Spring is the nivest of all the seasons

flowers.'Andrew Mccaren/Rossparry.co.uk
flowers.'Andrew Mccaren/Rossparry.co.uk

I remarked the other week, that I thought spring would arrive soon. With strong gusty winds, chilly nights and often a “cold air” feel to the days, we can be in no doubt that, in seasonal terms, it is still very early.

Nevertheless, if the old saying about March coming in like a lion is to be believed, then, hopefully in just a week or so, milder conditions should be with us and March should go out like a lamb.

A seasonal biological clock operates which starts to shake the plant world out of its winter rest and suddenly invests it with an urgency to start growing

While this notion may be open to ridicule, what it really means is that the seasons are turning away from winter, and heading pell-mell into spring. It may occasionally be chilly, sometimes even be laced with the odd snow flurry, but generally temperatures are moderating, and crucially daylight length stretching ever longer so that we will soon have more hours of daylight than of dark, and as the clocks go forward, we suddenly have much lighter evenings.

Nature responds very positively to this change. A seasonal biological clock operates which starts to shake the plant world out of its winter rest and suddenly invests it with an urgency to start growing.

Bulbs are generally first to shake a leg. Snowdrops have been with us a while now, and have now been joined in flower by crocus and the earliest daffodils. Primroses, too, are now packed with buds and flowers and are perhaps the stars of the spring garden.

Hot on their heels the shrubs, too, are coming to life. The wonderful blousey flowers of camellias are already showing, with Daphne and Forsythia not far behind. Roses will not be flowering until June, but their stems are smothered with fat leaf buds, which if you need to be reminded should prompt you to get in the garden to prune and feed them in anticipation of their spring showing.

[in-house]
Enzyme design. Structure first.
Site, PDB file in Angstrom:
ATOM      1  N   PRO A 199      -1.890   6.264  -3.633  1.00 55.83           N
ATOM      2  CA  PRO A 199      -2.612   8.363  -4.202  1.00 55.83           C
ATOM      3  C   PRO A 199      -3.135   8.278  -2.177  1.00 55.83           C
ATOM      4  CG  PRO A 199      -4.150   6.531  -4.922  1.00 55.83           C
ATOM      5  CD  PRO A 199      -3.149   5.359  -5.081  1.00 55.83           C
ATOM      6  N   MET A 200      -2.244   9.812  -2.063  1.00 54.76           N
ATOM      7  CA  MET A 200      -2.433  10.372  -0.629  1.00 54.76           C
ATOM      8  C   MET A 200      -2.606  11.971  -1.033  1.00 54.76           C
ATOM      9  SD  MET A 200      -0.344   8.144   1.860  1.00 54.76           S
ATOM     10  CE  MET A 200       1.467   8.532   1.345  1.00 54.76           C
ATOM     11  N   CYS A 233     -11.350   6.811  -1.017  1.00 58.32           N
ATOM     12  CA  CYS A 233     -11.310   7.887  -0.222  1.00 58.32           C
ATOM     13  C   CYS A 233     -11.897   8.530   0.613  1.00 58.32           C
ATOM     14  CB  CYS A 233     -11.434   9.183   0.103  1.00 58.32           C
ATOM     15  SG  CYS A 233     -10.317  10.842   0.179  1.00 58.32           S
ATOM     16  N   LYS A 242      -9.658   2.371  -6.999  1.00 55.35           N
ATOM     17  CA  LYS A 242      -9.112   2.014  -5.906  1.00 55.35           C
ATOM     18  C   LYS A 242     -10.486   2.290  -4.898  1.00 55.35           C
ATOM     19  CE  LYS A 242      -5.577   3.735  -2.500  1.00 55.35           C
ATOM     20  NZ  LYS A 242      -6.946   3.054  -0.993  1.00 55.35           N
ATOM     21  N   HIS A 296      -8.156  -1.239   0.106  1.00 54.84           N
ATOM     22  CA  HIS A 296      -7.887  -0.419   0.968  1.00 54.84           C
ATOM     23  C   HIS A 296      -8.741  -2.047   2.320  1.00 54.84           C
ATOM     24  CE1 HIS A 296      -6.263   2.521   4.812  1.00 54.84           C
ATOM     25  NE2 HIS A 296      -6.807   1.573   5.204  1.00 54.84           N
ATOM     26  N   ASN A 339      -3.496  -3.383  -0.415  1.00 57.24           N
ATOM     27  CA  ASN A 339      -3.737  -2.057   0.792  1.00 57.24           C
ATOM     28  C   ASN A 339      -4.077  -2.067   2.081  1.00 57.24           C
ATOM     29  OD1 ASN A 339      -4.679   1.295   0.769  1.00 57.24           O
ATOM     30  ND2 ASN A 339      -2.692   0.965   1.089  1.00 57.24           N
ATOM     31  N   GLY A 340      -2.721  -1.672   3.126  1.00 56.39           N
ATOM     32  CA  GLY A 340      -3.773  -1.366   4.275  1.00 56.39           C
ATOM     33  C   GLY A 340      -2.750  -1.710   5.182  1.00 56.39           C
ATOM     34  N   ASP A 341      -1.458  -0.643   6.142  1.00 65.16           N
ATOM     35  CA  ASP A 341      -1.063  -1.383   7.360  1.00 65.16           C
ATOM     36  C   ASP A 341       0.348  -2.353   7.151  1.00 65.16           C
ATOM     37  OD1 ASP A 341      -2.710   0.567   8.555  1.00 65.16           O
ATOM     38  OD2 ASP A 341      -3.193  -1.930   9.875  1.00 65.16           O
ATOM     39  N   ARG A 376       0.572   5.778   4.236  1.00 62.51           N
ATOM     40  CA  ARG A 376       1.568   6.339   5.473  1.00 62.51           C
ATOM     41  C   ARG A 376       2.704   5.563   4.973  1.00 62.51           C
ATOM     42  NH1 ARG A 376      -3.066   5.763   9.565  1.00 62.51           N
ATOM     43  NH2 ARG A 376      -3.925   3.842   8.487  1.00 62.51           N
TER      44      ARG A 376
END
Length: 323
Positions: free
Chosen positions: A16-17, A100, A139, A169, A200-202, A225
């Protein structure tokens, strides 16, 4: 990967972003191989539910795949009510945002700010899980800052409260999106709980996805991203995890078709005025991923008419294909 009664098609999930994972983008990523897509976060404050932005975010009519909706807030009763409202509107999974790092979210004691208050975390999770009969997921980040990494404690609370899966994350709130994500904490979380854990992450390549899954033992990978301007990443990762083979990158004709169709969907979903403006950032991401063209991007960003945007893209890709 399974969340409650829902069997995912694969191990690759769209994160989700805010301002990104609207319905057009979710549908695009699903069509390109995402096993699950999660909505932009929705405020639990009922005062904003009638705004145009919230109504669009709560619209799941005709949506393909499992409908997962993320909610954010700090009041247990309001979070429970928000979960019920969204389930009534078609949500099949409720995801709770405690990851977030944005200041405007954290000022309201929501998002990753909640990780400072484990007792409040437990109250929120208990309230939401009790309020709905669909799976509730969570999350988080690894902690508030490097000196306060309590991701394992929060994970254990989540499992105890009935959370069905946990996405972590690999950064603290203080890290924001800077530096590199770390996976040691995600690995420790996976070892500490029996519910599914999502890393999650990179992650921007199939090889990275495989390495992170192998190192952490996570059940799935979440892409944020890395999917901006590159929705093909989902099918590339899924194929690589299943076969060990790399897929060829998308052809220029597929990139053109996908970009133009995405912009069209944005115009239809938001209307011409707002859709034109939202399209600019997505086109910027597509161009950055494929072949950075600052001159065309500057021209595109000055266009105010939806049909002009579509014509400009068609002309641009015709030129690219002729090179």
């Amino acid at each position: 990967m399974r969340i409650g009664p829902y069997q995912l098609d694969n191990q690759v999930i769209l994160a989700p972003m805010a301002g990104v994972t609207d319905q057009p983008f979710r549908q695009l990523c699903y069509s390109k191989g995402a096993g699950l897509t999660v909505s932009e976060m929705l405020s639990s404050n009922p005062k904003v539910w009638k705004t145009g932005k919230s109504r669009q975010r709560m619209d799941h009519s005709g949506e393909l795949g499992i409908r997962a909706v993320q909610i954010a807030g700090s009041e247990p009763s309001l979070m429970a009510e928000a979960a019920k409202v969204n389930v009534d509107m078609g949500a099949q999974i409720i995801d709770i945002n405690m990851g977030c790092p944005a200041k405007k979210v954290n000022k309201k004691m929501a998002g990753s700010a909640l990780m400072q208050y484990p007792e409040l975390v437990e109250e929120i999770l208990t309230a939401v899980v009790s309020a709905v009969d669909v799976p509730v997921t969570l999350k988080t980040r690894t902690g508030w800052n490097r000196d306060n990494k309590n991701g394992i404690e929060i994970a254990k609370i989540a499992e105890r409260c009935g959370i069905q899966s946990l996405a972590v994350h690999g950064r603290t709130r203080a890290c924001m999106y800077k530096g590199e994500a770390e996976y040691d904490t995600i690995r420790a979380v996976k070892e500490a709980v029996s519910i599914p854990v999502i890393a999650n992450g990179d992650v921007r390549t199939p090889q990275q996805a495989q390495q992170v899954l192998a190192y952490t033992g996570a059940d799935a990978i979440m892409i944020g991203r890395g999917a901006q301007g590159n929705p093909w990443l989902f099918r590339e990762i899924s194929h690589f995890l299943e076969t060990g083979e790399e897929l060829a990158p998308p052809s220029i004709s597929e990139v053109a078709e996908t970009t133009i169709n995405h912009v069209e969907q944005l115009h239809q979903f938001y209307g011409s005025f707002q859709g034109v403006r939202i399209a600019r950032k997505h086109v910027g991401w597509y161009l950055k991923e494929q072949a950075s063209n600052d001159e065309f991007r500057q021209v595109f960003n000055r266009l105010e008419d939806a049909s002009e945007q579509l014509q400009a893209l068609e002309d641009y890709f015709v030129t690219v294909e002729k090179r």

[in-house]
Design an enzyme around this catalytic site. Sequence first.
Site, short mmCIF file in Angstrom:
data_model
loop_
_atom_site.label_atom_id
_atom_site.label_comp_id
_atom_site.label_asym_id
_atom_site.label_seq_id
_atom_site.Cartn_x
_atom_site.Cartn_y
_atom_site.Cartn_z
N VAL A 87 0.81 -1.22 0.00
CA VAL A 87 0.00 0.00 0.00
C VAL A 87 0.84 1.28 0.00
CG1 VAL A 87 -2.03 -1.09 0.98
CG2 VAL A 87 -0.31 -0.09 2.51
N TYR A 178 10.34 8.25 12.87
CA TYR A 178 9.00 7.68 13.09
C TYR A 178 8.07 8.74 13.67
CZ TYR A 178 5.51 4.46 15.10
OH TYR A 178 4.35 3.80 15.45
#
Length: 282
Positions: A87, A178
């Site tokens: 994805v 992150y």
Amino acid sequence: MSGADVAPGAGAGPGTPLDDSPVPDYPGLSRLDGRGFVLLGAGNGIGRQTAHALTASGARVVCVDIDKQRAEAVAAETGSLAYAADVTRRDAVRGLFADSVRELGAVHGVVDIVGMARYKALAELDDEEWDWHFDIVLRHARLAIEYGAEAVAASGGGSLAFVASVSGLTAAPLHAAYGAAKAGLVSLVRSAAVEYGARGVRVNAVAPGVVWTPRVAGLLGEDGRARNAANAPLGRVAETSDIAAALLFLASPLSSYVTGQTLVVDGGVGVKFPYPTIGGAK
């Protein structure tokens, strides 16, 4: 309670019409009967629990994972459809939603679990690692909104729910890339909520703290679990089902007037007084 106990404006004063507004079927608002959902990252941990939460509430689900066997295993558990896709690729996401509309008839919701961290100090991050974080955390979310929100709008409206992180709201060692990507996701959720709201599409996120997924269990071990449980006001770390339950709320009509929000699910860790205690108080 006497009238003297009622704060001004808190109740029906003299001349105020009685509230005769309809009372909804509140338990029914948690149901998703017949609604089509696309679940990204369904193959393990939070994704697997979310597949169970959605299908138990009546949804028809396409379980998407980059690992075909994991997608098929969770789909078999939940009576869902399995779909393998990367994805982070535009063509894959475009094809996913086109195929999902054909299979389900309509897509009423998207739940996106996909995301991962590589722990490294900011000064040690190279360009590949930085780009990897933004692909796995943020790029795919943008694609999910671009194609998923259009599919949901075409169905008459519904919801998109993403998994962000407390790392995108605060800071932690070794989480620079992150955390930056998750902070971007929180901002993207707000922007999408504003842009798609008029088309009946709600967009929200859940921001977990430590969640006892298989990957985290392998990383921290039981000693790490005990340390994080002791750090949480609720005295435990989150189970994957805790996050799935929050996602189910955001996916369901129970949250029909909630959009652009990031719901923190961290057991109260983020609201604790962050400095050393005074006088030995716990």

As usual, Wifey is busy in the greenhouse sowing vegetable seeds of the hardier garden vegetables: leeks, broad beans, cabbages and sprouts. About now we should also be thinking about preparing the beds for seed potatoes.

This morning my garden pond was partly frozen over, and it remains too cold for the fish to show more than a passing interest in any food I offer them, but be assured as soon as temperatures climb, they will develop a ravenous appetite. With that it is time to reconnect your garden pond filter and possibly dose it with a biological start-up, to allow the filter to “mature” as soon as possible. On that note, the UV bulb will probably need changing to avoid algae growing and turning the pond to pea soup.

On nice days we have already been quite busy down at Reedley, as veterans and beginners alike sense that change in the air. Spring is here, so don’t miss it. For gardeners and anyone with a love of the outdoors, it is probably the nicest of all seasons.